Cognitive: The cognitive symptoms of people with LBD may fluctuate frequently (moment-to-moment, hour-to-hour, or day-to-day). Individuals will be alert (and seem "normal"), and then suddenly become extremely confused, unable to pay attention, or unable to make decisions. Episodes of cognitive impairment may last hours or days.
In addition to problems with attention and reasoning, people with LBD often have impaired visuospatial skills (e.g., impaired depth perception or the ability to see the world in three dimensions; impaired object orientation or understanding how objects appear in space; impaired ability to navigate about the world; and/or illusions, such as mistaking a coat rack for a person).
People with LBD eventually develop impaired memory, but this type of problem does not usually occur until they have had the disease for a period of time. In other words, unlike Alzheimer's Disease, memory symptoms are not the first problem that people with Lewy Body Dementia (or family members) notice.
Movement: People with Lewy Body Dementia "look" somewhat different from people with Alzheimer's Disease and Vascular Dementia, primarily because they have Parkinson's-like symptoms. Parkinson's Disease is a slowly progressive neurological condition that affects the brain and spinal cord, creating symptoms such as tremors (shaking) and rigidity (stiffness). Parkinsonian symptoms in LBD include slow movements, a stooped posture, stiffness in the arms or legs, tremors, a shuffling walking pattern, a mask-like appearance and/or a blank stare, and frequent falls.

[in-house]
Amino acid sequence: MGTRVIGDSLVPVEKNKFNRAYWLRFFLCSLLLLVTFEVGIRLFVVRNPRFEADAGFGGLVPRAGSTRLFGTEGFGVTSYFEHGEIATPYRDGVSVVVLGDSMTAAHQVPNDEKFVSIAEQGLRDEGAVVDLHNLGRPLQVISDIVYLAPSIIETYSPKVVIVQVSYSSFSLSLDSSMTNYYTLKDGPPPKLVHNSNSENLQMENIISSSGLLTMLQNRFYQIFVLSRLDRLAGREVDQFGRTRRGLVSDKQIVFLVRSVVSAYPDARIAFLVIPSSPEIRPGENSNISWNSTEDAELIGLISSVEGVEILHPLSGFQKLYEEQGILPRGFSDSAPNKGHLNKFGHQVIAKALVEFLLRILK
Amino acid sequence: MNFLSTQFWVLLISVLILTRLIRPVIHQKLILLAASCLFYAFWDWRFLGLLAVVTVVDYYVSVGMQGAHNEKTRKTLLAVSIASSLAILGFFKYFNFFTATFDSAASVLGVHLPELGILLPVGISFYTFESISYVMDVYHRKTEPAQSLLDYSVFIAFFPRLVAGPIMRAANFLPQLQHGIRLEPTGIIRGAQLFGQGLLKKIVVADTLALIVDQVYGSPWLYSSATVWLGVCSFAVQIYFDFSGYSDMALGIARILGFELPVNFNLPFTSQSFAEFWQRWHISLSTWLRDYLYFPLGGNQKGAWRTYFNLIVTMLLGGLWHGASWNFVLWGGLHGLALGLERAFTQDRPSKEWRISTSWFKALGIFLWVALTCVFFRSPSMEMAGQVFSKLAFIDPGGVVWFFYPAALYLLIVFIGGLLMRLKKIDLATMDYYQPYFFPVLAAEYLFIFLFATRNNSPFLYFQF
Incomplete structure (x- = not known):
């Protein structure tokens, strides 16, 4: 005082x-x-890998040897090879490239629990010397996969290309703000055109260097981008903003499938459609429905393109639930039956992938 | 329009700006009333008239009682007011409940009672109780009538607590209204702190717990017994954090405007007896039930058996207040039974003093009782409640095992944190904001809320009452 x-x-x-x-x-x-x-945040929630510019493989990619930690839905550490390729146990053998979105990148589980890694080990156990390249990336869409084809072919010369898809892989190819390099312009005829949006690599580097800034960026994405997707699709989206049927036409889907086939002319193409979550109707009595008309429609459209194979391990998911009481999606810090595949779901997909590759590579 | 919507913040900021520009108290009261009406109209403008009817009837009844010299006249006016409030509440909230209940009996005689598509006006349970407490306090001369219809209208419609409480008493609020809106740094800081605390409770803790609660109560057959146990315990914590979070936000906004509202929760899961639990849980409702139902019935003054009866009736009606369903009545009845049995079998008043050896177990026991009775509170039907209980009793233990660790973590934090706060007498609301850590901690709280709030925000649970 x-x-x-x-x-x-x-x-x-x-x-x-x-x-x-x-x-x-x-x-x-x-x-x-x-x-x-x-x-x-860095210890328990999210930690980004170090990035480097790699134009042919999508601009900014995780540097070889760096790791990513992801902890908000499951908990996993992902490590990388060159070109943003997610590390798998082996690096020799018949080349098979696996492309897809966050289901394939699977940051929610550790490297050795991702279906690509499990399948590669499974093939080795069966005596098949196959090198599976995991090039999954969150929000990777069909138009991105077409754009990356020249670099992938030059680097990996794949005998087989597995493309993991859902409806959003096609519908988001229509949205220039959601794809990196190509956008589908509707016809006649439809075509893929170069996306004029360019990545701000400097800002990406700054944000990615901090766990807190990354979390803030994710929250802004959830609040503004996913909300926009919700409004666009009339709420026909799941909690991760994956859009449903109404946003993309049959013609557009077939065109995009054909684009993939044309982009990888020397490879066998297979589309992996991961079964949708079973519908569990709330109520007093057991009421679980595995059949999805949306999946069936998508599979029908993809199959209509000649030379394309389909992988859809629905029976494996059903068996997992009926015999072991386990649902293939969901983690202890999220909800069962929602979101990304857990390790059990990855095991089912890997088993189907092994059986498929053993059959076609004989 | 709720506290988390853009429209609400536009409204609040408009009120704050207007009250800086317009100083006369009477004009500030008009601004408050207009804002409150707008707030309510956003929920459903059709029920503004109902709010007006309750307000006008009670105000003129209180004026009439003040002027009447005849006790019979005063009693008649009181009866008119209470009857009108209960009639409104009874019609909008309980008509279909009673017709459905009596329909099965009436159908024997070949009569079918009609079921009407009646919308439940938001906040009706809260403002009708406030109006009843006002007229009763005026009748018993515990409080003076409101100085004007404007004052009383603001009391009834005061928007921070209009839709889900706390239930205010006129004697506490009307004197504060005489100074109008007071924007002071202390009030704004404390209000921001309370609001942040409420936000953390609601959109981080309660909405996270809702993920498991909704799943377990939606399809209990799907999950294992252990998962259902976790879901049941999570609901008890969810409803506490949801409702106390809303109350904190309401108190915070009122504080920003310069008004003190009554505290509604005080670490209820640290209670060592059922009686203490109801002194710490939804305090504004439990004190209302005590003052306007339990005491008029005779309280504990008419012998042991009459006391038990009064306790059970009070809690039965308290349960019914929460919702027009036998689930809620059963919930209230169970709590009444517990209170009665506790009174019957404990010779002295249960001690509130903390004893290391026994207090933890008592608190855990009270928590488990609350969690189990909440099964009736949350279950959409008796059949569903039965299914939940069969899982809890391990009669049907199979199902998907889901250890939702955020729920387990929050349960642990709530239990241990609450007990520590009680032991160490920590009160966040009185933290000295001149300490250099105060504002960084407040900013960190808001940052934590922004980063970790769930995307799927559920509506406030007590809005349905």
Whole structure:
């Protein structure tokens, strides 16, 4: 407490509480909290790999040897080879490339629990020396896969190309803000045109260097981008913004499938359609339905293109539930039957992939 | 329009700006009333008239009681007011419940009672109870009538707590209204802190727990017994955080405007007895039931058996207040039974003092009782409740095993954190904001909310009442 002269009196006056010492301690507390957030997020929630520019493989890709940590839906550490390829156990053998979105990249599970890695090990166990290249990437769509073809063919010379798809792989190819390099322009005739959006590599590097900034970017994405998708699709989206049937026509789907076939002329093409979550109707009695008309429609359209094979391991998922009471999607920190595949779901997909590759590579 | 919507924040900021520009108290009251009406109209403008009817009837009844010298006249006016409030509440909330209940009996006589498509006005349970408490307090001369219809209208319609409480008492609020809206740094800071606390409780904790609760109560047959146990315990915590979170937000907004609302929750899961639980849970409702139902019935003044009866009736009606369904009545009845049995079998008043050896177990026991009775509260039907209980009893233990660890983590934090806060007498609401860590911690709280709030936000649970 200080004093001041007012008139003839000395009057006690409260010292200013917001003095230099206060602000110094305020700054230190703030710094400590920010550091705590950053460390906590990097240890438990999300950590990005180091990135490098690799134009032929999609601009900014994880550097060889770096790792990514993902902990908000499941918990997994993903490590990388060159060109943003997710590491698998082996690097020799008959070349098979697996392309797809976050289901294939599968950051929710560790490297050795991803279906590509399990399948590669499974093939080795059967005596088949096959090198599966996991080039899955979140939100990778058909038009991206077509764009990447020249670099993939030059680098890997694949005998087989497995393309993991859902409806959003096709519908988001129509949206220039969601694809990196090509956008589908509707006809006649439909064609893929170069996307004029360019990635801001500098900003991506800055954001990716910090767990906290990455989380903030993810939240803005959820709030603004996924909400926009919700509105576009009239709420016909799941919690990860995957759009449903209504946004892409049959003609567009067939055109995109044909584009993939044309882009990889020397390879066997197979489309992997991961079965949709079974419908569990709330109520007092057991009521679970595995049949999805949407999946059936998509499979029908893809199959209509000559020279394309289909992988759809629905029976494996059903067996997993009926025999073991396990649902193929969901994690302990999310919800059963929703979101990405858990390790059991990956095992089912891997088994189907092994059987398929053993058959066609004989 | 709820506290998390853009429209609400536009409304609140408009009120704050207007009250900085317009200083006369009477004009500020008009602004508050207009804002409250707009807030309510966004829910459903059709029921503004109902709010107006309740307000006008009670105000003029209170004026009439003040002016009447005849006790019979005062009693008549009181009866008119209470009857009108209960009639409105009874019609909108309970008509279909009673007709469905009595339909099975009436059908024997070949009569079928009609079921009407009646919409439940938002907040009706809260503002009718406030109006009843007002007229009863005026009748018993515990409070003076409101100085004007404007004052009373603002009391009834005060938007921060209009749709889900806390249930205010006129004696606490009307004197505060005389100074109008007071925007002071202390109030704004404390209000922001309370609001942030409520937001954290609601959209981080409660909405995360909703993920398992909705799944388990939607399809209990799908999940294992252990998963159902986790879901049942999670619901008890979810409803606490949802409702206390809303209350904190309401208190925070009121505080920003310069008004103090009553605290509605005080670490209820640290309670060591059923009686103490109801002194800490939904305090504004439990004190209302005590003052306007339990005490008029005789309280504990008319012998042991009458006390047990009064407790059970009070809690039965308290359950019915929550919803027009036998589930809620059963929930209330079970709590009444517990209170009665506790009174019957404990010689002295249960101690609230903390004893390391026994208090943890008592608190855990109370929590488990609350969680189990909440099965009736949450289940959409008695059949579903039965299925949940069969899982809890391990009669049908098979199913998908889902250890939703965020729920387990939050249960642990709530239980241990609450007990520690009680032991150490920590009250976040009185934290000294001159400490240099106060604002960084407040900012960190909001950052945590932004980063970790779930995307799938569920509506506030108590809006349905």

Other symptoms: Other characteristic symptoms that are often disturbing for both affected individuals and their family members set Lewy Body Dementia apart from other types of dementia:
- Recurrent, vivid visual hallucinations (seeing things that are not really there, such as an attacker in the bedroom) that are extremely difficult to separate from reality. Hallucinations occur most often when people are most confused and can also include sounds, tastes, and smells that aren't truly present.
- Fluctuating alertness periods (extreme drowsiness followed by sudden bursts of energy) that make it difficult for family members to predict or assess how their relative is doing. People with LBD may also faint repeatedly and without warning.
- Severe sleep problems (called REM Sleep Behavior Disorder or RBD). During REM sleep (the stage of deep sleep characterized by rapid eye movements), people with LBD will move, gesture, and/or speak. They often seem to be acting out their dreams, and may accidentally hit a spouse or fall out of bed. In addition, some people become extremely confused when they first wake up (and not know the difference between a dream and reality). REM Sleep Behavior Disorder can occur years before people start to show signs of dementia and impaired motor movements. As mentioned above, RBD may be a significant risk factor for developing Lewy Body Dementia.
- Severe sensitivity to neuroleptics (also called antipsychotic drugs, these medications are often used to treat psychotic disorders like schizophrenia) occurs in up to 50% of individuals with LBD. These medications can worsen cognitive and movement symptoms and/or increase hallucinations. People with LBD can also develop Neuroleptic Malignant Syndrome, which is a life-threatening illness characterized by muscle rigidity, high fever, problems with the autonomic system (see below), and severe confusion and fluctuating alertness.
- The autonomic nervous system keeps our bodies in balance, or homeostasis, by controlling functions such as heart rate, digestion, breathing rate, perspiration, pupil dilations, the discharge of urine, and sexual arousal. Individuals with LBD often have autonomic system dysfunction, which can lead to blood pressure fluctuations, heart rate variability, sexual dysfunction (e.g., impotence), constipation/urinary problems, excessive or decreased sweating, dry eyes/mouth, and difficulty swallowing.
- Other psychiatric issues such as delusions (false, fixed beliefs), aggression, and/or depression are not uncommon in individuals with LBD. Aggressive behavior can be triggered by infections (e.g., urinary tract infections), medications, or misinterpretation of the environment or interpersonal interactions due to confusion and/or hallucinations.